DSC_4701

Place the onion in some ice water, and gently start teasing apart the “leaves.”

DSC_4703

Mix together 2 eggs, and set aside.

DSC_4704

Also mix together 1 cup of flour, with whatever spices you see fit (I used, salt, pepper, garlic, onion, and cayenne…but use whatever you want, you can’t really go wrong). Pour enough hot water into the flour mixture that a thickish batter forms (like a thin pancake batter).

DSC_4712

Dip the onion into the eggs, and then the flour mixture, and fry until golden-brown, about 15 minutes.

DSC_4709

If we’re making blooming onions, you got to have a dipping sauce right? So I threw together mayo (about 1/3 cup), a splash of cider vinegar, sriracha, paprika, and mustard, and mixed it all together.

DSC_4729

Now the only issue I had with the blooming onion is it’s a pain in the butt to handle, and trying to keep all the leaves together, and all that…so I thought to myself, why not screw the whole blooming onion thing, but make those leaves anyway. So for batch #2, I did the same exact thing, but this time, I cut all the way through. That way, every last part of the onion was coated with the coating, and it fried up so much nicer. Plus, it was easier to handle post-frying, and also easier to dip. So unless you’re after the esthetics of a blooming onion, I say, go for the second way, it’ll be much easier for everyone.

DSC_4708

Another note – if you haven’t read the beer battered onion ring post (and seriously, why haven’t you yet?…oh you’re not sure where the actual post is?? Well why didn’t you say so…click here), the onions were soaked in a salt-water type of soak (we used beer in that recipe, but any salt water solution will work) to pull out the moisture from the onions, which if you use sweet onions, will have a lot of moisture so it will really benefit from the soak, which I didn’t do, and the final product did end up a little mushier than I wanted, and I think now’s a good time to end this extremely long run on sentence, no?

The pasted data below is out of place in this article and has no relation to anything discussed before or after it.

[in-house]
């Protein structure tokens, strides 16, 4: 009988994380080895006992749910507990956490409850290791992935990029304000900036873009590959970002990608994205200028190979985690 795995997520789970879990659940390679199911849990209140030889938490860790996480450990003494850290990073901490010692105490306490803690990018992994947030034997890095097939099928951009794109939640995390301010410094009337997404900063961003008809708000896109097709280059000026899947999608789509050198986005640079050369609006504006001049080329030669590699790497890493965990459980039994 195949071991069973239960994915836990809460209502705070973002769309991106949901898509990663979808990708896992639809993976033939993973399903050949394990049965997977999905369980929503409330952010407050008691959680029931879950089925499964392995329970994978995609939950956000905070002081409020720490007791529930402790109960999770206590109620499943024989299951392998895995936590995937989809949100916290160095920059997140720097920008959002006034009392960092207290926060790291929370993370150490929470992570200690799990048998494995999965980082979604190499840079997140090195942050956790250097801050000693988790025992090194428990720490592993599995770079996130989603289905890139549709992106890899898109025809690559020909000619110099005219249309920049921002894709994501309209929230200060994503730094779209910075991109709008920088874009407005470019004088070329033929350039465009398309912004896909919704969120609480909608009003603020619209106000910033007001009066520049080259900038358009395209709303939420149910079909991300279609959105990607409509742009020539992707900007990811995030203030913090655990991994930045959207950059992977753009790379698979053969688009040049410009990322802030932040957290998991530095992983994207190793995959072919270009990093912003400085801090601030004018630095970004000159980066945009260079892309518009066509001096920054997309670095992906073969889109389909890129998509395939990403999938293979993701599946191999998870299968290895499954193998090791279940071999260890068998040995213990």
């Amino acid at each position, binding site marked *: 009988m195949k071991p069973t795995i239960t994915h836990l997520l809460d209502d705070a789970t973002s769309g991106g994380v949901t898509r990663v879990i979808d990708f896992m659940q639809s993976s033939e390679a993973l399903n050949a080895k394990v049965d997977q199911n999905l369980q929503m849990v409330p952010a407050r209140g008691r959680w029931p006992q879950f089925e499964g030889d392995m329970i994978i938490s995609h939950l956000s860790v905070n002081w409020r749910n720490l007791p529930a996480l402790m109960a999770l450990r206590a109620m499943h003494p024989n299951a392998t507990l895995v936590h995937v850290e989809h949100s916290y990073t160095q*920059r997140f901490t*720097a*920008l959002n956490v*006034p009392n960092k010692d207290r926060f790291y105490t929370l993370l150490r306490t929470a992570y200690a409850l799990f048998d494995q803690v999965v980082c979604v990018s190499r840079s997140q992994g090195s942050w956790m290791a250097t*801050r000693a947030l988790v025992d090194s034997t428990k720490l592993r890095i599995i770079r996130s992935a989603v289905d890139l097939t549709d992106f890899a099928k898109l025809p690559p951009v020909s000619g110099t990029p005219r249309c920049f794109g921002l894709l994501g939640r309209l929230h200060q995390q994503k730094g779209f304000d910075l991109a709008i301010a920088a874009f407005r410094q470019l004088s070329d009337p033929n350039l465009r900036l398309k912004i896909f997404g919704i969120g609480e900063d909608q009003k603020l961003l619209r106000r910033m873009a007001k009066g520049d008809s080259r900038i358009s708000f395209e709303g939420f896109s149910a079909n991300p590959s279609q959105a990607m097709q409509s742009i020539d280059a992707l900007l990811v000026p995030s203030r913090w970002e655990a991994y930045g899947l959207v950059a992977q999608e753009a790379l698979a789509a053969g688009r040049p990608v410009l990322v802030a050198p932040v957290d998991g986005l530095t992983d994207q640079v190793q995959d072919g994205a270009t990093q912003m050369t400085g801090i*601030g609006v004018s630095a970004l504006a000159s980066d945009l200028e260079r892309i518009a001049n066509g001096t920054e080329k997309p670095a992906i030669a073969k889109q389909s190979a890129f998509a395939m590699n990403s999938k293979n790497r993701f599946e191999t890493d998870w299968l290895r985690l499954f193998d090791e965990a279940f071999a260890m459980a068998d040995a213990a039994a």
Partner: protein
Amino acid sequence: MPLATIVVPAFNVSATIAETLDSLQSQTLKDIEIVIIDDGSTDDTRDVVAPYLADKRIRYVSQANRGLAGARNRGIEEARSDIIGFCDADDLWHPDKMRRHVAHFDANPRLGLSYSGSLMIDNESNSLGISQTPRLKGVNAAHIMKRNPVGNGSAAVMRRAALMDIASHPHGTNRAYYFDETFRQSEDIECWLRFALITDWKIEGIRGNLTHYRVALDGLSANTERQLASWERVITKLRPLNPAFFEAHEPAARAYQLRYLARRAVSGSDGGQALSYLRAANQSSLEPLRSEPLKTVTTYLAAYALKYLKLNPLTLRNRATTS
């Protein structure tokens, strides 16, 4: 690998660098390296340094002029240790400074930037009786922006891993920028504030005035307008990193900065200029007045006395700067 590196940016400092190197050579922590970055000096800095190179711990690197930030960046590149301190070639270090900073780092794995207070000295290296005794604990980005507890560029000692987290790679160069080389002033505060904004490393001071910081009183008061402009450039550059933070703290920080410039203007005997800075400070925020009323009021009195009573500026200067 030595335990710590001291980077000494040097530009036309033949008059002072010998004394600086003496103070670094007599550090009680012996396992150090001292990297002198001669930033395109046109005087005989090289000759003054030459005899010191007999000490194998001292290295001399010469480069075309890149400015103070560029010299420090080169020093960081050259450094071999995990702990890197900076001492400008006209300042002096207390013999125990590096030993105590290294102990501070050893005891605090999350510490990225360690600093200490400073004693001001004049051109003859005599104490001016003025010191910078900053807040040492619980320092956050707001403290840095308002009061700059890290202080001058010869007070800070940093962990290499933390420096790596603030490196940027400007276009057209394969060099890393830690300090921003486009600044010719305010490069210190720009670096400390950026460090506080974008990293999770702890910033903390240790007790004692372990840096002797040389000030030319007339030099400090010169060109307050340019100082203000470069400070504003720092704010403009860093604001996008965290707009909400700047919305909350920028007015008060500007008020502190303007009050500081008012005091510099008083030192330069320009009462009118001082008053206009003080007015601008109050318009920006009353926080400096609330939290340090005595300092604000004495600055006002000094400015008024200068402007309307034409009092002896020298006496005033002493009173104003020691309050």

I’d love to hear what you’re planning on making for your superbowl party.

Blooming Onion

Ingredients:

  • 2 large Vidalia onions
  • 3 cups oil (or enough to cover the onion)
  • 2 eggs
  • 1 cup flour
  • Salt
  • Pepper
  • Garlic powder
  • Onion powder
  • Cayenne Pepper
  • Hot water
  • 1/3 cup mayonnaise
  • 2 tablespoons sriracha (or any type of hot sauce)
  • 1 teaspoon cider vinegar
  • Hot paprika
  • Mustard powder

Directions:

  1. In a heavy bottom pot, heat up the oil over high heat (if using a thermometer, you want it to register about 350 before frying…if you don’t have a thermometer, you can either use a popcorn kernel which pops around 350, or you can use a wooden chopstick, and it should bubble around the chopstick when the oil is hot enough)
  2. Peel the outer layer of skin on the onion while keeping the onion whole. Then to make the blooming onion, cut through the onion, but not all the way through, and make wedges by cutting perpendicular to it, and continue going until you have a bunch of wedges as illustrated above. Alternatively, you can make the blooming onion by just making the “leaves,” by cutting all the way through.
    1. If you want, and I didn’t do this, but I recommend it, salt the onions after you cut them, and let them sit for 20-30 minutes to allow the moisture to come out of the onions
  3. Mix together the eggs and set aside
  4. Mix together the flour, salt, pepper, garlic, onion powder, and cayenne, and add enough hot water to form a thin-ish batter
  5. Dunk the onion in the egg, and then the flour mixture, and when the oil’s ready fry the onion until golden brown, about 13-15 minutes